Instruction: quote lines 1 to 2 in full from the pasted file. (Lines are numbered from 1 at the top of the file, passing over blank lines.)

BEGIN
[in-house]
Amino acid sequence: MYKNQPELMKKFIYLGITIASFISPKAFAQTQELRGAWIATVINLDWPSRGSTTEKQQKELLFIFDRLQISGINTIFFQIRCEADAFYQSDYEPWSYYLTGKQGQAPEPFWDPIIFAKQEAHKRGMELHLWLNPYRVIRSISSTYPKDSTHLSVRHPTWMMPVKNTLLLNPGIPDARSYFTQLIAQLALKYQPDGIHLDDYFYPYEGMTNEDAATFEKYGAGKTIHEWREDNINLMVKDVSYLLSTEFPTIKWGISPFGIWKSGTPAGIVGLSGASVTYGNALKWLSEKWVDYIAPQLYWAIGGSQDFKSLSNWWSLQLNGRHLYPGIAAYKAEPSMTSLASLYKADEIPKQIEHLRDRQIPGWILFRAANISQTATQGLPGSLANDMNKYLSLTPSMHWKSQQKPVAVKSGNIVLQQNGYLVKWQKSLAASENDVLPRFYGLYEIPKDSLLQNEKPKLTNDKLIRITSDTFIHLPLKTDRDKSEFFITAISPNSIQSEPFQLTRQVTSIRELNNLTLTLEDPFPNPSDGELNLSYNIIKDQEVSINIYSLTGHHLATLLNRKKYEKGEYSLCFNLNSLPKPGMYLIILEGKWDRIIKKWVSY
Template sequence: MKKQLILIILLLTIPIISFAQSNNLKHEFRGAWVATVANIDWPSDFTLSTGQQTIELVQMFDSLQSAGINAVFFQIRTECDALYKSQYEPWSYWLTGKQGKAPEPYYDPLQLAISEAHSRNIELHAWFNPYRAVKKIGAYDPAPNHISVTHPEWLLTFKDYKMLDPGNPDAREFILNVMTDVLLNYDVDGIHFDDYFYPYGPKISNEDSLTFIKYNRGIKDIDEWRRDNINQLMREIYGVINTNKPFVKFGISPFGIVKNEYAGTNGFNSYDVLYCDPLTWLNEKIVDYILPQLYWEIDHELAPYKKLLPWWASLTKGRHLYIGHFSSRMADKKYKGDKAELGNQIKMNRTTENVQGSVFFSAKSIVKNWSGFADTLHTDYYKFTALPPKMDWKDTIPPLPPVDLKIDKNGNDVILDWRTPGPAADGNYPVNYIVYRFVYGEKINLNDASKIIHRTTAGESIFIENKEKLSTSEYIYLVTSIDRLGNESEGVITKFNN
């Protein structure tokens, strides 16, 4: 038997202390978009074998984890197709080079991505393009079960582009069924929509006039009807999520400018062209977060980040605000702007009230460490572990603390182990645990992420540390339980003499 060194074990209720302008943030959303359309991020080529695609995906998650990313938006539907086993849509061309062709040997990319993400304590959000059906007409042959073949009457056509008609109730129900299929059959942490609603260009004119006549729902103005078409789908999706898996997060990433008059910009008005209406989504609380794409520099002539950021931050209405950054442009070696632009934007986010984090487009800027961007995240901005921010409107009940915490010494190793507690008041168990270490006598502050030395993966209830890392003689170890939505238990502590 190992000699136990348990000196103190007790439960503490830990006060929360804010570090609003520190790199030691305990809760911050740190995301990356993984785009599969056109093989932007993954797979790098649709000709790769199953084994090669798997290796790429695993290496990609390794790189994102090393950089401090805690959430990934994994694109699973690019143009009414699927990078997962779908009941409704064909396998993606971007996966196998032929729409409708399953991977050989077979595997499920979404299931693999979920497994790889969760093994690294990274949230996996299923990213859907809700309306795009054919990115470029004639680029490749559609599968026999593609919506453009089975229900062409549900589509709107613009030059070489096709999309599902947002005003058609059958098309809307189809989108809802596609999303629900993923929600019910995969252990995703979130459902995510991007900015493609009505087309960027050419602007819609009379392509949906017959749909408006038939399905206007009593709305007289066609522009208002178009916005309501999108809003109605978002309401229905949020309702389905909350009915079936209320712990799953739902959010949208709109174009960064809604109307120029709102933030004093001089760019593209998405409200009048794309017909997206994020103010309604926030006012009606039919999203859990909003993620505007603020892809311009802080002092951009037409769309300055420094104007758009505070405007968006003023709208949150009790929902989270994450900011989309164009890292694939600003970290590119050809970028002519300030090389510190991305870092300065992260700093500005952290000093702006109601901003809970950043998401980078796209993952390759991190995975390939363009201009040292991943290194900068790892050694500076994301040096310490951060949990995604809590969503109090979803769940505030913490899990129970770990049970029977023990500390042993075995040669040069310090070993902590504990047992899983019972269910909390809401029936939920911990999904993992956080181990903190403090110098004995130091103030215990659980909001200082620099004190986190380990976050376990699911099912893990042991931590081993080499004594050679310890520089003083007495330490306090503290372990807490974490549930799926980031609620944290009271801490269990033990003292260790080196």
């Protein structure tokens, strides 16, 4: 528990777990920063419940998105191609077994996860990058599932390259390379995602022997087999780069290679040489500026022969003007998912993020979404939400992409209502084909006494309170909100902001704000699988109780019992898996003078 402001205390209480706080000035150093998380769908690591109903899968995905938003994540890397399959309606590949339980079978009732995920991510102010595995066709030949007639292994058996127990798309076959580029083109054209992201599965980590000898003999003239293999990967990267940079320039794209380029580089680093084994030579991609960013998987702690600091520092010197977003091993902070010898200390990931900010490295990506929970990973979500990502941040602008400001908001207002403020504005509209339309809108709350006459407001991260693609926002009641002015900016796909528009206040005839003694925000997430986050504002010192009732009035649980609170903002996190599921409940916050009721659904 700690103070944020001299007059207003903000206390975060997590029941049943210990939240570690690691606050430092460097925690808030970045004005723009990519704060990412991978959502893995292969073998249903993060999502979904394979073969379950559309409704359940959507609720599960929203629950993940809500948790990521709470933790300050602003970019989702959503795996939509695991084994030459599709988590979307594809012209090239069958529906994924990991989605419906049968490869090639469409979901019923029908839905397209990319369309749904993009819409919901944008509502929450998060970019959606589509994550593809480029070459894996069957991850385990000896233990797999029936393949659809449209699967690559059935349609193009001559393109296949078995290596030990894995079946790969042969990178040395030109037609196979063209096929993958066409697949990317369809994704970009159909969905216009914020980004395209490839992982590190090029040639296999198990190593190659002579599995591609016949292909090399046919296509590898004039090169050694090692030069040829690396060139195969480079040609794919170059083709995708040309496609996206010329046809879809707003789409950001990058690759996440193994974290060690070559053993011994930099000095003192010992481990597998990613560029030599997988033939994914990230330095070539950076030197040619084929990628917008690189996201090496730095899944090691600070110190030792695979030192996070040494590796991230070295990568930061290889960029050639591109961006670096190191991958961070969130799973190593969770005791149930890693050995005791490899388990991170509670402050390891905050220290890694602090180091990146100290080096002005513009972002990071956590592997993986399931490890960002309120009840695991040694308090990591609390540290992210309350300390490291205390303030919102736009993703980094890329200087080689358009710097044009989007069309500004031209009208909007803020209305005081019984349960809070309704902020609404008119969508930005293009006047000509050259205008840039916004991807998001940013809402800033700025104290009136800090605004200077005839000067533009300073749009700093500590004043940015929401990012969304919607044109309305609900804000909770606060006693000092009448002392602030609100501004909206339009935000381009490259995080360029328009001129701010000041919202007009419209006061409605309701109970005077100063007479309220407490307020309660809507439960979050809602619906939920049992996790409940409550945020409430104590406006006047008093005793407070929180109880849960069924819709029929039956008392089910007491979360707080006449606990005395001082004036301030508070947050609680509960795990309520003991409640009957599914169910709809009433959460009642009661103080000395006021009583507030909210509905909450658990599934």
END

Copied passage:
[in-house]
Amino acid sequence: MYKNQPELMKKFIYLGITIASFISPKAFAQTQELRGAWIATVINLDWPSRGSTTEKQQKELLFIFDRLQISGINTIFFQIRCEADAFYQSDYEPWSYYLTGKQGQAPEPFWDPIIFAKQEAHKRGMELHLWLNPYRVIRSISSTYPKDSTHLSVRHPTWMMPVKNTLLLNPGIPDARSYFTQLIAQLALKYQPDGIHLDDYFYPYEGMTNEDAATFEKYGAGKTIHEWREDNINLMVKDVSYLLSTEFPTIKWGISPFGIWKSGTPAGIVGLSGASVTYGNALKWLSEKWVDYIAPQLYWAIGGSQDFKSLSNWWSLQLNGRHLYPGIAAYKAEPSMTSLASLYKADEIPKQIEHLRDRQIPGWILFRAANISQTATQGLPGSLANDMNKYLSLTPSMHWKSQQKPVAVKSGNIVLQQNGYLVKWQKSLAASENDVLPRFYGLYEIPKDSLLQNEKPKLTNDKLIRITSDTFIHLPLKTDRDKSEFFITAISPNSIQSEPFQLTRQVTSIRELNNLTLTLEDPFPNPSDGELNLSYNIIKDQEVSINIYSLTGHHLATLLNRKKYEKGEYSLCFNLNSLPKPGMYLIILEGKWDRIIKKWVSY